The United States has urged Turkey to show restraint in its ongoing military operation in the Kurdish-controlled Afrin region of northern Syria and to avoid civilian casualties.
“We urge Turkey to exercise restraint in its military actions and rhetoric; ensure that its operations are limited in scope and duration; ensure humanitarian aid continues; and avoid civilian casualties,” White House spokeswoman Sarah Huckabee Sanders said at a press briefing on Monday.
“We hear and take seriously Turkey’s legitimate security concerns and are committed to working with Turkey as a NATO ally,” she said, but added that “increased violence in Afrin disrupts what [was] a relatively stable area of Syria,” echoing the words of US Defense Secretary Jim Mattis, who also said the violence “distracts from the international efforts to ensure the defeat of ISIS [Islamic State in Iraq and Syria].”
Turkey on Saturday launched Operation Olive Branch in Afrin against People’s Protection Units (YPG) positions, a component of the Kurdish Democratic Union Party (PYD), considered by authorities in Ankara to be an extension of the outlawed Kurdistan Workers’ Party, which has waged a decades-long war against the Turkish state.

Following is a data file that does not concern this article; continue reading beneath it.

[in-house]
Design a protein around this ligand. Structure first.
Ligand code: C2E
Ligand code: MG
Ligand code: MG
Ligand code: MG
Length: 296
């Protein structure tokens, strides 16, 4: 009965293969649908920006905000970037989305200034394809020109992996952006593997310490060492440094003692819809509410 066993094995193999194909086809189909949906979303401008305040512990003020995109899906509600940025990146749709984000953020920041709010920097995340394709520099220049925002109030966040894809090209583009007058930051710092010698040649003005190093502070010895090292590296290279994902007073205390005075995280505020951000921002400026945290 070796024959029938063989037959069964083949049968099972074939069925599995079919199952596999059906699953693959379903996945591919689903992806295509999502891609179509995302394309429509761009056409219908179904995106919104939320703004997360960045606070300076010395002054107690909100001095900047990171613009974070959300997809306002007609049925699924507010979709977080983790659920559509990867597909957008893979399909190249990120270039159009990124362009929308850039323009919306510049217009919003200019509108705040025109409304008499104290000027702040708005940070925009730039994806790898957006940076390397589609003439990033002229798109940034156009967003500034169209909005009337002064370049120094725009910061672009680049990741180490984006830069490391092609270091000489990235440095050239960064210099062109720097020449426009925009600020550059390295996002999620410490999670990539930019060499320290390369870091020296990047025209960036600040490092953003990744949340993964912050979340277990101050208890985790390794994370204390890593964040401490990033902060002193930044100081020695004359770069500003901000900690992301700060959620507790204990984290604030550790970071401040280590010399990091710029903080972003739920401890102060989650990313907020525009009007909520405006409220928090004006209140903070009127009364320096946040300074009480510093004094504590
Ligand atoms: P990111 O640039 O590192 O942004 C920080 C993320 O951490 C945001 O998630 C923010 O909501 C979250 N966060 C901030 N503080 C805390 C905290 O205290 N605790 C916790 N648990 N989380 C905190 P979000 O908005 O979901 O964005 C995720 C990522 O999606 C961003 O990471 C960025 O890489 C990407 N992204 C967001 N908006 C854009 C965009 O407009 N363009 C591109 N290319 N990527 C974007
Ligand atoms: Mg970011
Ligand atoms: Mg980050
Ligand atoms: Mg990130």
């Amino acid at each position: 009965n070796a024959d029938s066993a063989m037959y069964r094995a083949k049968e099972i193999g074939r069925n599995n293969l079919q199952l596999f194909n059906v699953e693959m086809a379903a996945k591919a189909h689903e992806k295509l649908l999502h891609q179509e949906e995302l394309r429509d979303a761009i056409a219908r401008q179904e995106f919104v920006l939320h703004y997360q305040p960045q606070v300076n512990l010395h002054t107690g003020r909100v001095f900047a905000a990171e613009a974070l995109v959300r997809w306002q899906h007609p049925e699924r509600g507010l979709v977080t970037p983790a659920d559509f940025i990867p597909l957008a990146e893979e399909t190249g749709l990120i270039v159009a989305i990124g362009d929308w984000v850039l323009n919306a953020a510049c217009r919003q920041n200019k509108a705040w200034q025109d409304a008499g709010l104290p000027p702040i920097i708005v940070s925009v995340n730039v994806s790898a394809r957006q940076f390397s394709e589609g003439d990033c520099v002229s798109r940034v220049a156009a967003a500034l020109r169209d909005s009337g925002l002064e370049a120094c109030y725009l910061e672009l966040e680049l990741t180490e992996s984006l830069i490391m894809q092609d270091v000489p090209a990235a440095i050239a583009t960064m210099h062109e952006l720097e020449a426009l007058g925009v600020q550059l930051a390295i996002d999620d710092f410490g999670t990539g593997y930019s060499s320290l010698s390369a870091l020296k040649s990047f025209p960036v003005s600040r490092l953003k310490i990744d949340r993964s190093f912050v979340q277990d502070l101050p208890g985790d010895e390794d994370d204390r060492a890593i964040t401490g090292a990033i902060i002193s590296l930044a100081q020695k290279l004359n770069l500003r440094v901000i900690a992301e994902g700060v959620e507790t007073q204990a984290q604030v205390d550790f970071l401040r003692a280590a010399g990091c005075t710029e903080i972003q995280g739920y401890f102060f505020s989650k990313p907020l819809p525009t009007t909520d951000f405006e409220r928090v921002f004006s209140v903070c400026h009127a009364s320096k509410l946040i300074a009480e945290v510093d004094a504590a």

The Turkish Armed Forces seeks to establish a 30-kilometer-deep safe zone in Afrin during the operation in which two Turkish soldiers have died in four days of fighting.
Turkish Foreign Minister Mevlüt Çavuşoğlu is expected to discuss Operation Olive Branch with his US counterpart, Rex Tillerson, at a meeting in Paris, according to Milliyet.
Tillerson told reporters on his plane on Monday that “… we’re in discussions with the Turks and some of the forces on the ground as well as to how we can stabilize this situation and meet Turkey’s legitimate concerns for their security,” saying the US would try to work with Turkey to create the kind of security zone Turkey might need.
In comments reported on Monday by AP, French Foreign Minister Jean-Yves Le Drian said intense fighting between Turkish troops and the US-allied Kurdish militia in recent days is a sign that new conflicts could erupt in the region as ISIS is defeated.
He warned that without a political solution to the multi-sided Syrian civil war, the region could again explode with conflicts “just as dramatic” as the war on ISIS.
The British-based Syrian Observatory for Human Rights Monitoring group said at least 24 civilians, 24 Kurdish fighters and 25 Turkish-backed Syrian militiamen have been killed in the clashes in Afrin since Saturday. Most of the civilians were killed in Turkish airstrikes, which have targeted towns and cities in the enclave.